Yes, well said venerable Appicchato.
As nibbana is unconditioned, how could there be any 'becoming' or 'existence', for which the term "in" could apply?
SN 12.15 ( http://www.what-buddha-taught.net/acces ... .than.html
) comes to mind.
It's much easier to speak of "in" when speaking about conventional reality, rather than ultimate reality... but there's nothing much conventional about nibbana.
"Do not force others, including children, by any means whatsoever, to adopt your views, whether by authority, threat, money, propaganda, or even education." - Ven. Thich Nhat Hanh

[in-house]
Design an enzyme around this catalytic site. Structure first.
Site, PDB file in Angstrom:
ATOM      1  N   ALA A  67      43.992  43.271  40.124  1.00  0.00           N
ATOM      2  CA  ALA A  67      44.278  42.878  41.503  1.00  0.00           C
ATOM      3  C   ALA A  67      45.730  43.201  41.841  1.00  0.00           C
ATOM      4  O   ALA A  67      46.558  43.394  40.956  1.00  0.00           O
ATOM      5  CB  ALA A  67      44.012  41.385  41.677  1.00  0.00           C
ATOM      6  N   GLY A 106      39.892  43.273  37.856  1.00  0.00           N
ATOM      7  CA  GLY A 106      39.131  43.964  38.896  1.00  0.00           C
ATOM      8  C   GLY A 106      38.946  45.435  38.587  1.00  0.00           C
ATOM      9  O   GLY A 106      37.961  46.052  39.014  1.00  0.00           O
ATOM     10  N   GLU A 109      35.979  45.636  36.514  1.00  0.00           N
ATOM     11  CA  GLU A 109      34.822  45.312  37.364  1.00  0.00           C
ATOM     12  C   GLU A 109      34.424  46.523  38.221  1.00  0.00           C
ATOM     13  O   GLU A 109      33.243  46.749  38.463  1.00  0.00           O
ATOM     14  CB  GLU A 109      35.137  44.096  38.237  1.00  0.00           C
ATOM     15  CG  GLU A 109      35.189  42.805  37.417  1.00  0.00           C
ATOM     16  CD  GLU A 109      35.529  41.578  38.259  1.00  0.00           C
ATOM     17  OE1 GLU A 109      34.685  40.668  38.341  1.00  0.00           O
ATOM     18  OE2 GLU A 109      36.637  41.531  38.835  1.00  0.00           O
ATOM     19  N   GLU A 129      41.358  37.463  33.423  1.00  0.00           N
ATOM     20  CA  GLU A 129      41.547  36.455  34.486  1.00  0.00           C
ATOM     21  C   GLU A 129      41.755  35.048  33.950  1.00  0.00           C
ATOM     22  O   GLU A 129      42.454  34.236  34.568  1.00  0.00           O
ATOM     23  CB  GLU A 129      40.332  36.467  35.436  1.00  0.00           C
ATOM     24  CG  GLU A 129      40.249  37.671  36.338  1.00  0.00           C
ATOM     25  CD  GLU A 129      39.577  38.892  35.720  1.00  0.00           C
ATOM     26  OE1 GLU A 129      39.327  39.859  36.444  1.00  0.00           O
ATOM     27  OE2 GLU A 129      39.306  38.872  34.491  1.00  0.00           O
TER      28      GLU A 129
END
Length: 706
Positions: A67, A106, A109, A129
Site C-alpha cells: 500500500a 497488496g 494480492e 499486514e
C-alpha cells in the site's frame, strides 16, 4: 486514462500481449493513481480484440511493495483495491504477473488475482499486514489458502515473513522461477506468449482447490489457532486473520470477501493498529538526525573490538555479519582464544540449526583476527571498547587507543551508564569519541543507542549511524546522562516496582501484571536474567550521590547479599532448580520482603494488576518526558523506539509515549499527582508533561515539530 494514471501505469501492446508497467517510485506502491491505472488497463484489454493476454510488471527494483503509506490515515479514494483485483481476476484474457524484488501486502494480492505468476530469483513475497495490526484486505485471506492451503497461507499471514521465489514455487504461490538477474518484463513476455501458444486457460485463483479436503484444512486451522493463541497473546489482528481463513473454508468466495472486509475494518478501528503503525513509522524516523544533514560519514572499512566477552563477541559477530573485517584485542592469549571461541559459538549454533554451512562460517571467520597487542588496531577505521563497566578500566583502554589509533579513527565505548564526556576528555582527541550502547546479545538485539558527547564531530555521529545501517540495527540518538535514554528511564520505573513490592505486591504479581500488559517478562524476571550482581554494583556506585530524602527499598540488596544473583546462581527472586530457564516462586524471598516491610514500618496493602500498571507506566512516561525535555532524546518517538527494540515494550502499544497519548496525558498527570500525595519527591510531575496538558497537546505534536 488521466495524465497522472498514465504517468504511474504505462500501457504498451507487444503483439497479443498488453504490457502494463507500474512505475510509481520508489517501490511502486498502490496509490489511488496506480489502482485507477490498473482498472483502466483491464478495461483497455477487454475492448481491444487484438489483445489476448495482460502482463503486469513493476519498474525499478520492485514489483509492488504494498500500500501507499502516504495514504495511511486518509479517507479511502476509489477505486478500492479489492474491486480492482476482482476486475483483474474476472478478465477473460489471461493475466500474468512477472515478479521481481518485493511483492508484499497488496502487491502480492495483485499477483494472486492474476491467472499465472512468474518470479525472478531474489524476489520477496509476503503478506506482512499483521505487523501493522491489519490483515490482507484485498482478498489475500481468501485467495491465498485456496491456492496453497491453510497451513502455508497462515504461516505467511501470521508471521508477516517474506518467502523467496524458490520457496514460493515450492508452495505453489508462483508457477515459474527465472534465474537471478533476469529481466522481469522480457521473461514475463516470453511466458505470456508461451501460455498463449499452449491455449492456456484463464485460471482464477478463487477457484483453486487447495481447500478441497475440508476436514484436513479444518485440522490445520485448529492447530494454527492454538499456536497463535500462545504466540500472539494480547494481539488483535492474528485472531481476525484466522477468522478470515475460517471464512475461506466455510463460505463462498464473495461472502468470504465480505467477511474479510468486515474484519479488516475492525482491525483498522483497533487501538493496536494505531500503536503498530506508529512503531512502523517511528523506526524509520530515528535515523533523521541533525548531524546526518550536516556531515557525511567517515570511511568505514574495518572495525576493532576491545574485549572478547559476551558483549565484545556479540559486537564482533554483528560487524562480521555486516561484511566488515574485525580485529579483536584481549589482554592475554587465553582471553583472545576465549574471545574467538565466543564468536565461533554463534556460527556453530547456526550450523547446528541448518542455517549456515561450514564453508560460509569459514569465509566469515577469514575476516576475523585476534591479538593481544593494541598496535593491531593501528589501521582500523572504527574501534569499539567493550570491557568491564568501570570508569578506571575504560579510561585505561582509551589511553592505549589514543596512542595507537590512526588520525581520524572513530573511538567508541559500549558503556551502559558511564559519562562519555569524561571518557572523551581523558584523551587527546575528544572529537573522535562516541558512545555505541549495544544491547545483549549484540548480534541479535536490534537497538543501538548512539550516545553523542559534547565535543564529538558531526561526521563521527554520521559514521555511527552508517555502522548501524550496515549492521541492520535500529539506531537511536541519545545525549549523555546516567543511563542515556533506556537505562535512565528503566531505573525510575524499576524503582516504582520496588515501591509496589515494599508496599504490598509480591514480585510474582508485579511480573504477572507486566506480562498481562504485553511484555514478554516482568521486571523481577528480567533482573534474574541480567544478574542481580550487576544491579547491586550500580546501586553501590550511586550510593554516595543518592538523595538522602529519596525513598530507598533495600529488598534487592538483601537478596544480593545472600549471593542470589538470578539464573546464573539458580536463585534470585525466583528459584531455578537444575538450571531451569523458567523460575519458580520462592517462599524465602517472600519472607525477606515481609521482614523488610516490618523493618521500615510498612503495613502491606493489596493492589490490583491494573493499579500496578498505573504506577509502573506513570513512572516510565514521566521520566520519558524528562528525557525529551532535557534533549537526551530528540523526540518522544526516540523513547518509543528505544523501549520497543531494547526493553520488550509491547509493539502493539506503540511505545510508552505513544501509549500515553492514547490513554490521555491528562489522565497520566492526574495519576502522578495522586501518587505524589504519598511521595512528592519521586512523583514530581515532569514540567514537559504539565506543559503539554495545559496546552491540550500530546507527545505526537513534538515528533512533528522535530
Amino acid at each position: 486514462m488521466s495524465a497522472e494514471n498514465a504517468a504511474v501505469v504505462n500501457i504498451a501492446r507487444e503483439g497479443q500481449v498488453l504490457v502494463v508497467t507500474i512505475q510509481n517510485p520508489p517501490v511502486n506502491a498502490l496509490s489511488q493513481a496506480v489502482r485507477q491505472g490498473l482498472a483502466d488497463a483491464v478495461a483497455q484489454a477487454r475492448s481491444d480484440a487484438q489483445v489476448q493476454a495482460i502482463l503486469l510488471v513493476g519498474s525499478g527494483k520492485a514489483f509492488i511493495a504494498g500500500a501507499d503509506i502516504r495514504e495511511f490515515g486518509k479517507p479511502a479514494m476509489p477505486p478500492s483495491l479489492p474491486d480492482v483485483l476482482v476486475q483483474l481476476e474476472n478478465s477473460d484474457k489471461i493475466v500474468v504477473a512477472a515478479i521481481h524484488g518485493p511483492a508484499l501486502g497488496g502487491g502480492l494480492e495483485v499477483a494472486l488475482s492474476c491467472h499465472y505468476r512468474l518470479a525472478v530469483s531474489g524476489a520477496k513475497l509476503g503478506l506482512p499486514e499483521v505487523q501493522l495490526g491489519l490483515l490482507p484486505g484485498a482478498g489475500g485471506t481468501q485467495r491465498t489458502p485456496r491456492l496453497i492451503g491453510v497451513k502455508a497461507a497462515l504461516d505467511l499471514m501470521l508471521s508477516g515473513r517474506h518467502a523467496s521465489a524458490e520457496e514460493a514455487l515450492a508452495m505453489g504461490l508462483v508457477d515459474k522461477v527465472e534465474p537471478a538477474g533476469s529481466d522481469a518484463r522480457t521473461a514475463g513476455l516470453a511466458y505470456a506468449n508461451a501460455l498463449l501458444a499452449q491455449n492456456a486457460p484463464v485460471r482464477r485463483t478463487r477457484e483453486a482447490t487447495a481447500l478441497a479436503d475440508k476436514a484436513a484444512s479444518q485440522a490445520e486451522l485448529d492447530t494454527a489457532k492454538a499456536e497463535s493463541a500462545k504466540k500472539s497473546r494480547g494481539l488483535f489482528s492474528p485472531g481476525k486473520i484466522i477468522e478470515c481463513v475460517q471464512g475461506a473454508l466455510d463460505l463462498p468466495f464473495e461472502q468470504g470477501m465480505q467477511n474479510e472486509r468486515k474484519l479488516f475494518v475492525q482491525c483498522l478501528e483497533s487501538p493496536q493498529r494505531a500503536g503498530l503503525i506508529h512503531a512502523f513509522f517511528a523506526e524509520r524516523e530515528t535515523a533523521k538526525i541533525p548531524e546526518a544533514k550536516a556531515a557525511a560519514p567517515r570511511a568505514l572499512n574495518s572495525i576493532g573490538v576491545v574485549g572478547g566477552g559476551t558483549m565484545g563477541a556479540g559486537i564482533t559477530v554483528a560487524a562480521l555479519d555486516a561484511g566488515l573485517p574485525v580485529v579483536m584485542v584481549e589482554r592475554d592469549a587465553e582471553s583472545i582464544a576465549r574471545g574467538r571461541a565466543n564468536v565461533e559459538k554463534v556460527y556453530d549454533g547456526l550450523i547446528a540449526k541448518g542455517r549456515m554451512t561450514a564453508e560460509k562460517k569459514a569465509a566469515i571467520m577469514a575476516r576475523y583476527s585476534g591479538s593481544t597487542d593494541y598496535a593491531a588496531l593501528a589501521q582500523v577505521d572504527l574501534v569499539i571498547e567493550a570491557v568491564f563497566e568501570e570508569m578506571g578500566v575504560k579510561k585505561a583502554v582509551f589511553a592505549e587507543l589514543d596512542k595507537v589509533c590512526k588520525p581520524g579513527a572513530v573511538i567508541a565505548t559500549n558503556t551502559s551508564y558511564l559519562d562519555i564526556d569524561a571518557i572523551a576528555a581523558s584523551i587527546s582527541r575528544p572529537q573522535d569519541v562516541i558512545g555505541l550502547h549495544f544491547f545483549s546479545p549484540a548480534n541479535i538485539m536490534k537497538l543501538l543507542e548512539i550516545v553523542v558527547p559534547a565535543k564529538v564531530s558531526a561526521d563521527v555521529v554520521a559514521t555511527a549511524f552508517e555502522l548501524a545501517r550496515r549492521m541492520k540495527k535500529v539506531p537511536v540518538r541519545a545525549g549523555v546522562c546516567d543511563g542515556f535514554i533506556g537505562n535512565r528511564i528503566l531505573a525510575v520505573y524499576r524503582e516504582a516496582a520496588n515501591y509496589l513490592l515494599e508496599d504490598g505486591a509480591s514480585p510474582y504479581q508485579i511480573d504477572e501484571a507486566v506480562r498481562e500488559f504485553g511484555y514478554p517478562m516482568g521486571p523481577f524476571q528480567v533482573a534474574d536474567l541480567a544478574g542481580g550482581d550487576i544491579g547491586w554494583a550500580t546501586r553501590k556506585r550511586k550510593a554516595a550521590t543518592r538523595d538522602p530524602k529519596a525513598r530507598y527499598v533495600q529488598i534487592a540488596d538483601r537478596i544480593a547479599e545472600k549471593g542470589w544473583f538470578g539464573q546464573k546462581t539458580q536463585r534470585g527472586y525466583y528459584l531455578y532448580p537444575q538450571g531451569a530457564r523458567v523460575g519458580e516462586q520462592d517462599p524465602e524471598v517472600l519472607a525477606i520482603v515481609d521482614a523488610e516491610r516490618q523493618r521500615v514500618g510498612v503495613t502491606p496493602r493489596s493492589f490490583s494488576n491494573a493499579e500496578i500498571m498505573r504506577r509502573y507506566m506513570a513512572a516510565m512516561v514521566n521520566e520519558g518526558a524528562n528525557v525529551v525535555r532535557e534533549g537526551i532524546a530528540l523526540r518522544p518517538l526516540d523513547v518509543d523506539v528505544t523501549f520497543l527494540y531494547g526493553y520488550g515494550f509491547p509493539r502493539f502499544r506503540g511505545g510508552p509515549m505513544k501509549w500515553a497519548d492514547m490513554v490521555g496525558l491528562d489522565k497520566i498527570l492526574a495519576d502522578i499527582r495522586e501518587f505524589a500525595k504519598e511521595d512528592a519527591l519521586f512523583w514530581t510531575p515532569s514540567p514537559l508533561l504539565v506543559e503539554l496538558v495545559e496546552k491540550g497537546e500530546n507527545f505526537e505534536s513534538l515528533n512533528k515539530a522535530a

"The uprooting of identity is seen by the noble ones as pleasurable; but this contradicts what the whole world sees." (Snp 3.12)
"To argue with a person who has renounced the use of reason is like administering medicine to the dead" - Thomas Paine